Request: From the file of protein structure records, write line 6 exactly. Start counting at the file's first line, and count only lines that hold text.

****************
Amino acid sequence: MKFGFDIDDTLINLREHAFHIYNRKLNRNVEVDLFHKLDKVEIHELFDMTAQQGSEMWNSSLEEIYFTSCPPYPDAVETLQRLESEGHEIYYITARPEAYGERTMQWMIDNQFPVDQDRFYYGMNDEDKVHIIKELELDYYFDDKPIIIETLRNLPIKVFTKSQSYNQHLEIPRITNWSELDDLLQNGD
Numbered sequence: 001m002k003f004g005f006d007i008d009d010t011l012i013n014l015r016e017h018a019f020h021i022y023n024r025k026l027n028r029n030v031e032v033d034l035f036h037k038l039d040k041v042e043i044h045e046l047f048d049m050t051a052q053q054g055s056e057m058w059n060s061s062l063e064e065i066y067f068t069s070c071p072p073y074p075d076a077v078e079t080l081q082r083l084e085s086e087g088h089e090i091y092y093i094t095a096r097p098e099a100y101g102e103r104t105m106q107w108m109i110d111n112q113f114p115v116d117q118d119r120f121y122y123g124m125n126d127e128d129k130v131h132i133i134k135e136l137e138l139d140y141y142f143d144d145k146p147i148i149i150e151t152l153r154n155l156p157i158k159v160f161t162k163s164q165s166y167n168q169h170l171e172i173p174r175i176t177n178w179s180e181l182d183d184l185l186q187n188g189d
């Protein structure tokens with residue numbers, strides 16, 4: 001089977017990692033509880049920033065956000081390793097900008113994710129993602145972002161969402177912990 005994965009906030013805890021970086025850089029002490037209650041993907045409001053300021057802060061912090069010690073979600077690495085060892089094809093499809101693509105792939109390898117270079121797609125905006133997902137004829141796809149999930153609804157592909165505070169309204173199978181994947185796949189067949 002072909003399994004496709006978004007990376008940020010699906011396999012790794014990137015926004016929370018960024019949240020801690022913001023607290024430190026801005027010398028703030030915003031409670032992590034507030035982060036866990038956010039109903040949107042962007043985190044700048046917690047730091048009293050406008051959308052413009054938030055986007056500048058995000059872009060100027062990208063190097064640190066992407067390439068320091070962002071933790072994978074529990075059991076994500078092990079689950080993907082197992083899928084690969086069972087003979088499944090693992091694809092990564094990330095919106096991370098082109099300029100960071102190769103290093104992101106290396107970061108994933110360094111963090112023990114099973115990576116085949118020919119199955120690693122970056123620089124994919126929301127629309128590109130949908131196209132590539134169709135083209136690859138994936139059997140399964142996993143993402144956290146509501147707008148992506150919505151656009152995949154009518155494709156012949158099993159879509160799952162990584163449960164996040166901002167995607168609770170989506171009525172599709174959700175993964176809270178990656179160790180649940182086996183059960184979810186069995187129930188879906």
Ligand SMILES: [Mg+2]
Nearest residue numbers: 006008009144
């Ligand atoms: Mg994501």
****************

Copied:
């Ligand atoms: Mg994501």